Wednesday, October 18, 2017

Sermon: St. Luke - 2017

18 October 2017

Text: Luke 10:1-9, (Isa 35:5-8, 2 Tim 4:5-18)

In the name of + Jesus.  Amen.

Saint Luke was not one of the twelve apostles.  He was not flamboyant and boisterous like St. Peter.  He was not the evangelist covering of most of the empire as was St. Paul.  He was not the “disciple whom Jesus loved” as was St. John.  He wasn’t a fisherman like many of the early leaders of the disciples.  As far as we know, he wasn’t a bishop who oversaw pastors and churches, as were James, Peter, Timothy and many of the apostles and early disciples.

In fact, Luke was probably an intellectual.  His Greek writing suggests that he was highly educated and had studied history.  St. Luke was a medical doctor.  Early historians teach us that he was one of the 72 that our Lord sent out ahead of Himself in areas where he planned to go.  It is also said that he was an iconographer, a painter of portraits of our Lord and His mother.  St. Luke is also said to have been executed as a martyr at the age of 84.  From Scripture, we know that he accompanied St. Paul on many journeys, and that he was one of the few faithful who stayed with Paul at the end of his life in Rome.

But St. Luke’s greatest acts were literary in nature: between his Gospel of Luke and the sequel, the Book of the Acts of the Apostles, St. Luke wrote some 27% of the New Testament.  His greatest legacy is actually the Word from the Holy Spirit given to teach us about Jesus.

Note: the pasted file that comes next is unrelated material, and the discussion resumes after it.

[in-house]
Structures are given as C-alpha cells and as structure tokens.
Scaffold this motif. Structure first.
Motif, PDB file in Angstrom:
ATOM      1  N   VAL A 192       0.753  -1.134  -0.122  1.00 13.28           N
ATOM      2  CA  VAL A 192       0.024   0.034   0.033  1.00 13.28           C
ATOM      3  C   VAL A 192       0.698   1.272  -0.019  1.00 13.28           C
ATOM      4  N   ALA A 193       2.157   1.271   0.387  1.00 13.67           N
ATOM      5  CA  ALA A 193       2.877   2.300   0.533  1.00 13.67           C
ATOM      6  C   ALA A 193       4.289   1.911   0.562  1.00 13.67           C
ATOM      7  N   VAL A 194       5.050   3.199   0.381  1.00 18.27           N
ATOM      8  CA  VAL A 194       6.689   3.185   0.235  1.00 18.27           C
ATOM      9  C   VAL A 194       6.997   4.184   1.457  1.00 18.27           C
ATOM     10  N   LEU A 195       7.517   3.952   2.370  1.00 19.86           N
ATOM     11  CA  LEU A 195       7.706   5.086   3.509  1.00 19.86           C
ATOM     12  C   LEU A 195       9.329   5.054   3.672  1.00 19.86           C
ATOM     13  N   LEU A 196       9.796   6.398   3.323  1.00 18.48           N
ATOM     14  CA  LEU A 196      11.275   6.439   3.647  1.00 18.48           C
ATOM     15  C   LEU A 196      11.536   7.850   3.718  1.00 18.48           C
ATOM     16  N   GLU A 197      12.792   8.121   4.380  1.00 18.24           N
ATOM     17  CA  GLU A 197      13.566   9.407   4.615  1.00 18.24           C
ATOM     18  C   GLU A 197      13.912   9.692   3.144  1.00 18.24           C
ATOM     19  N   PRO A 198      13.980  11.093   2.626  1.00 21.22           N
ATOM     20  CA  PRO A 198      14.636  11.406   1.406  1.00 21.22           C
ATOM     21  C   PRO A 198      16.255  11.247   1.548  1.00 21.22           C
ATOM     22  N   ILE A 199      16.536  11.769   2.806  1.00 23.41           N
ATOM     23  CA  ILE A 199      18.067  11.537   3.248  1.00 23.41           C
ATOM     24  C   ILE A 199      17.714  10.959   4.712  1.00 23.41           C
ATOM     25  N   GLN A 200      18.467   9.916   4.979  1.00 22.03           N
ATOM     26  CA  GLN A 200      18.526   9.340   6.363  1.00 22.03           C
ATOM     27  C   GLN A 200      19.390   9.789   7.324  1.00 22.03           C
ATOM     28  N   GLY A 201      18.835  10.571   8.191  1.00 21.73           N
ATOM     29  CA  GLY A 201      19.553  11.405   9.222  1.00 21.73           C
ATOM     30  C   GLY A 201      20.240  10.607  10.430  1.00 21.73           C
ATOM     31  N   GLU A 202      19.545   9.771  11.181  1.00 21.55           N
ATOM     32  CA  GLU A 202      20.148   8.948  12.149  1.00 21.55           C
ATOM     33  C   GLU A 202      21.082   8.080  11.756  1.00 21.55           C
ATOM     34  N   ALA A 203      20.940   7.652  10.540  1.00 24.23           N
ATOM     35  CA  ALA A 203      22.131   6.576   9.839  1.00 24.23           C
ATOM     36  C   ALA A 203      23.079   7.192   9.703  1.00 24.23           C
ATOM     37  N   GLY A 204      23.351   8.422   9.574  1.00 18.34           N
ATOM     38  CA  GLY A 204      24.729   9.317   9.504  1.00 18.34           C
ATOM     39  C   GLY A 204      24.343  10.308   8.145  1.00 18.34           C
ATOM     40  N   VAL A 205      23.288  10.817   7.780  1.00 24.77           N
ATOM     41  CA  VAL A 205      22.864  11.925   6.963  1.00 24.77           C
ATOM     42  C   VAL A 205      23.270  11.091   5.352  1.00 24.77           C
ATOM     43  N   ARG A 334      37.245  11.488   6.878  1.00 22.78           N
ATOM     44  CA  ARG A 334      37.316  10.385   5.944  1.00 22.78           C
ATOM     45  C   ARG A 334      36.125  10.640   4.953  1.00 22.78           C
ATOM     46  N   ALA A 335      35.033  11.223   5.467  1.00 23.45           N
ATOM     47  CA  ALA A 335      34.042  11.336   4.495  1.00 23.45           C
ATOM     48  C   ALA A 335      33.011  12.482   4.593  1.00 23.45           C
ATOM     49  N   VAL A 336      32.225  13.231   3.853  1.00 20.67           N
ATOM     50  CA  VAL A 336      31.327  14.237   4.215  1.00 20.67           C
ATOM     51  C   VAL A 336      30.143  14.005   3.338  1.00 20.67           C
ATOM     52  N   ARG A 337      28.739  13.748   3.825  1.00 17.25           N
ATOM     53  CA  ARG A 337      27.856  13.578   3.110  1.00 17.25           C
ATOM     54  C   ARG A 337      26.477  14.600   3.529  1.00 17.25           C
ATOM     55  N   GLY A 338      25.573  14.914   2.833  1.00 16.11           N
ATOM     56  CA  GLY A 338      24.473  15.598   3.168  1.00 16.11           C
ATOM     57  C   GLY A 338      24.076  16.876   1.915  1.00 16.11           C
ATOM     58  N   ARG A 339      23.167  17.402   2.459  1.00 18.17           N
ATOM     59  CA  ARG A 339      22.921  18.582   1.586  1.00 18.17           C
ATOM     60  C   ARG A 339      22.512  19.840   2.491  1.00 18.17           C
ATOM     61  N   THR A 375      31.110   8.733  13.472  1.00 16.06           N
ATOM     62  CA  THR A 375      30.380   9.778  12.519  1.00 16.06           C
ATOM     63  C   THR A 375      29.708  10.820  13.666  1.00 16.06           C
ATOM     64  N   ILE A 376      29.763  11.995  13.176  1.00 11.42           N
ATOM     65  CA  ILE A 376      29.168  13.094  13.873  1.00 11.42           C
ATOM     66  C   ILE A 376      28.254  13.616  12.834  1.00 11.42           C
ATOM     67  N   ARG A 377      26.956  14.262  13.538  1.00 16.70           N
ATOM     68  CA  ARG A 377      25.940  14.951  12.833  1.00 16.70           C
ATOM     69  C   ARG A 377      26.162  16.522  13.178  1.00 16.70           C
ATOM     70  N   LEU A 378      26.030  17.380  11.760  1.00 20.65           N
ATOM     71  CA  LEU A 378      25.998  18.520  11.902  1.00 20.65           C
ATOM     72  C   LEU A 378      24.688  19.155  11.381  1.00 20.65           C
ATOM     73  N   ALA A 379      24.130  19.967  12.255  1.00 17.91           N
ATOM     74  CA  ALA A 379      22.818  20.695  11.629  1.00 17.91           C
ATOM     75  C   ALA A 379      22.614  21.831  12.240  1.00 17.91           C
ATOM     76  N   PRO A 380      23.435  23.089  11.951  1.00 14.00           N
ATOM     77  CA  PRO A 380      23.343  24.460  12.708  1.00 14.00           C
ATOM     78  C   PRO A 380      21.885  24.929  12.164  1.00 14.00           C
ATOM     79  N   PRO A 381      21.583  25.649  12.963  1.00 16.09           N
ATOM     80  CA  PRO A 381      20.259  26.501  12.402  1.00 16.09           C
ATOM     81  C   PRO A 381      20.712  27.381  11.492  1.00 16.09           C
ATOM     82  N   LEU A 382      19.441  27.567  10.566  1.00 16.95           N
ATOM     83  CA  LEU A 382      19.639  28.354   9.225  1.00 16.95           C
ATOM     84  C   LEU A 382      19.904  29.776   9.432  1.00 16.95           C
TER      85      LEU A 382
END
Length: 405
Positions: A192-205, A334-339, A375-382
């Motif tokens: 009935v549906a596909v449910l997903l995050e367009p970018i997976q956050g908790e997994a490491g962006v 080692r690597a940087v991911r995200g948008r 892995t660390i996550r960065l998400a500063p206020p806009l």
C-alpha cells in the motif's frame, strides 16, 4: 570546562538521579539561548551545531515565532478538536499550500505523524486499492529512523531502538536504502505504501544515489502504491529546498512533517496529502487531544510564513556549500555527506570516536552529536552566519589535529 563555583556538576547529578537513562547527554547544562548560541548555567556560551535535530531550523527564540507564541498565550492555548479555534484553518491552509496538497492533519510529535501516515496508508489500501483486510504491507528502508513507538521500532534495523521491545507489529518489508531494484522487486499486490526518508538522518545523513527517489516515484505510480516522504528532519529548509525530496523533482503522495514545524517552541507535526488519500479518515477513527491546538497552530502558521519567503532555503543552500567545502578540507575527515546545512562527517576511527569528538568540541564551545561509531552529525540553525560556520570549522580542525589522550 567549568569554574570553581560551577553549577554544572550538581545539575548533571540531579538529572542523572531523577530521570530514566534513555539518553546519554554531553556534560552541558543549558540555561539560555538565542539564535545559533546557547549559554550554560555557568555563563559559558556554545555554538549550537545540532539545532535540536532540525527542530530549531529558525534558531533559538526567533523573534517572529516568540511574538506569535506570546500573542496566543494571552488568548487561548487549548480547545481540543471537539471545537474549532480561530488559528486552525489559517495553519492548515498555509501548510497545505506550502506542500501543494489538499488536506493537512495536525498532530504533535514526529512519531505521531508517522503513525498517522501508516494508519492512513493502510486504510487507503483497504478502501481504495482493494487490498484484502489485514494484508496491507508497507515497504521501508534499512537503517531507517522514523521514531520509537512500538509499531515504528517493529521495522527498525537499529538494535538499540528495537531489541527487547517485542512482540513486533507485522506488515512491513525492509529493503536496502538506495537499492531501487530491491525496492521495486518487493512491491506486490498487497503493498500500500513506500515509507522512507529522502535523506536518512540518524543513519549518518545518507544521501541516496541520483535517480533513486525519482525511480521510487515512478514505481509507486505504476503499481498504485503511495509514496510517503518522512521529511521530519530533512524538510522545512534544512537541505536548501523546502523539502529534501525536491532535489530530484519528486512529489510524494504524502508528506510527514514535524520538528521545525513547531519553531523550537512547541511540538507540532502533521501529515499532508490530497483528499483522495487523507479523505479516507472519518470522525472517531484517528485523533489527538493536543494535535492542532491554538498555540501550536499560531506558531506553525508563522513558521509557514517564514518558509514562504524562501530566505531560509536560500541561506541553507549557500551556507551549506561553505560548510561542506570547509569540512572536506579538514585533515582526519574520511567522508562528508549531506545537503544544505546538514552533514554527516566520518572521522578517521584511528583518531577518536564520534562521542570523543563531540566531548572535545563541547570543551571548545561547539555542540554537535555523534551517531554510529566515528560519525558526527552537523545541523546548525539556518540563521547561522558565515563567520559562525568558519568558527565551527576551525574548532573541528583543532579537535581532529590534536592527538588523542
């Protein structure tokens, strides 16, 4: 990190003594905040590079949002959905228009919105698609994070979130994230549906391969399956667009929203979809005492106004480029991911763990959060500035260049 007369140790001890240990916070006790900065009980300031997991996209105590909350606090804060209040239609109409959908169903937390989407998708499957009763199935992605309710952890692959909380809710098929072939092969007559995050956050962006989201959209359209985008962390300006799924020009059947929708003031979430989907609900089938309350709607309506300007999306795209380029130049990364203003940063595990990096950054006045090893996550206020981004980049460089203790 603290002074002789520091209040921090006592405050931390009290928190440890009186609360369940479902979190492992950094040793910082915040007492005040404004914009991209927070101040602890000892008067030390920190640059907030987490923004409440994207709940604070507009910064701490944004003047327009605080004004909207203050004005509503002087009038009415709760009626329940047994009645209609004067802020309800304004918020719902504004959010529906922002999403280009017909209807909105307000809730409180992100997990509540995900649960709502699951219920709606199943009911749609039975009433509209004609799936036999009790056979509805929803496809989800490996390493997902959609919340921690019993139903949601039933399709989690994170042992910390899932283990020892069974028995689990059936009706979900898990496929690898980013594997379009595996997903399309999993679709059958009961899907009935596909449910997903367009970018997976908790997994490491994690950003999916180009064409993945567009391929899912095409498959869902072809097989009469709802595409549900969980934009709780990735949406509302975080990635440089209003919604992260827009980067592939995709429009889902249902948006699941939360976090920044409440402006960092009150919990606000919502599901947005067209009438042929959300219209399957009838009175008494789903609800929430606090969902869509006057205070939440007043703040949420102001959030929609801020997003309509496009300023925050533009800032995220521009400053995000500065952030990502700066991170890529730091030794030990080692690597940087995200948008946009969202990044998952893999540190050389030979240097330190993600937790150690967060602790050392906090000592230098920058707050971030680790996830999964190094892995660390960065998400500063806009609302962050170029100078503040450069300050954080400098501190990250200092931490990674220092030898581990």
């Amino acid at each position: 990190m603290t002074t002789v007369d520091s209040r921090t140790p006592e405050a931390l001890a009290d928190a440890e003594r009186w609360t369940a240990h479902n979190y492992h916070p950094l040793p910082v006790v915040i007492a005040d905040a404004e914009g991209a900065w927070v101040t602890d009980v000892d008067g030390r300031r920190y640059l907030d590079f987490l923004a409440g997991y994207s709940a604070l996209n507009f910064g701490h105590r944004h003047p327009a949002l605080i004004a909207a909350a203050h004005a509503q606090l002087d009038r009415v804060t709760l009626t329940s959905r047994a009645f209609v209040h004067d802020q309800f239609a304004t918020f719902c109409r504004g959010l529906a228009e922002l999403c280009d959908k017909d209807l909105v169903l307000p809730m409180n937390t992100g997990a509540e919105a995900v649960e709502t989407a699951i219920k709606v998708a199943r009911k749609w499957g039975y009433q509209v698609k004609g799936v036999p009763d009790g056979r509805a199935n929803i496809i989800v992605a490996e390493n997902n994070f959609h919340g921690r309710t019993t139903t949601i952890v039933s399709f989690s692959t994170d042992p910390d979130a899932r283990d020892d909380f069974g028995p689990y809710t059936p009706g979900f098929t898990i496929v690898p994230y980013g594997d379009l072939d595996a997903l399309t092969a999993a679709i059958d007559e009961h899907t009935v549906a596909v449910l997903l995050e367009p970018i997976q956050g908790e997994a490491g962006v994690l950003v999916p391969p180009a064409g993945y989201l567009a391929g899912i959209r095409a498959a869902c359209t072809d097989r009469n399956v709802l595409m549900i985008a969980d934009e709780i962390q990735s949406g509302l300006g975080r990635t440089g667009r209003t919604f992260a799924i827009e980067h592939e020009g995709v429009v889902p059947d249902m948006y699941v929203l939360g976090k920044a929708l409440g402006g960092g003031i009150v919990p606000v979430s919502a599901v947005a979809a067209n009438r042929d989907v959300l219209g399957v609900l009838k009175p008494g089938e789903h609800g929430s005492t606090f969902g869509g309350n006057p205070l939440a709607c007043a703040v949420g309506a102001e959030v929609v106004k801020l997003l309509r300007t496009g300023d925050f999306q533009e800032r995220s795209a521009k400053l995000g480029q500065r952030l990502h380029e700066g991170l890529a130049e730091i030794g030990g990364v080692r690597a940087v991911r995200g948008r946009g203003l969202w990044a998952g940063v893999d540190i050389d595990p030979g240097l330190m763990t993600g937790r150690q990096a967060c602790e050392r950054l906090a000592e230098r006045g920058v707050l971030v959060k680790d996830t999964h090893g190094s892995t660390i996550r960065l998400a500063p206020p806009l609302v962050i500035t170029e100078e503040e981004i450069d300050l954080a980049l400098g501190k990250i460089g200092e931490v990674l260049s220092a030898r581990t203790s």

And there is no greater honor for a pastor and preacher – that he did not give glory to himself, but to Christ alone!  In a real sense, St. Luke is still one of those 72 evangelists sent out to prepare the way for Jesus to come, “into every town and place where He (Jesus) was about to go.” 

Just as St. Luke remained faithful to St. Paul, Luke still remains faithful to every pastor and preacher today, being his constant companion in the Word.  It is impossible not to love St. Luke and to see him as a faithful brother in the Office of the Holy Ministry when one preaches Jesus in the very words of St. Luke.

And it is Luke who speaks to us today, dear friends, explaining the work of the evangelist in the very words of Jesus: “The harvest is plentiful, but the laborers are few.”  There is so much work to be done in the kingdom, so many who need to hear the Good News, people to reach with the Gospel: those here in our neighborhood and in our families, as well as those on the other side of the globe.  So we must “pray earnestly to the Lord of the harvest to send out laborers” to preach and teach and baptize, to visit and absolve and feed with the Holy Supper. 

And of course, we pastors cannot do this alone.  We are dependent upon the church.  The 72 were told: “Carry no moneybag, no knapsack, no sandals…” meaning that we are to depend upon the kindness of others for our own livelihood, “eating and drinking what they provide, for the laborer deserves his wages.”  It is the holy work of the laity to support their pastors and their families at home, and to provide for missionaries abroad.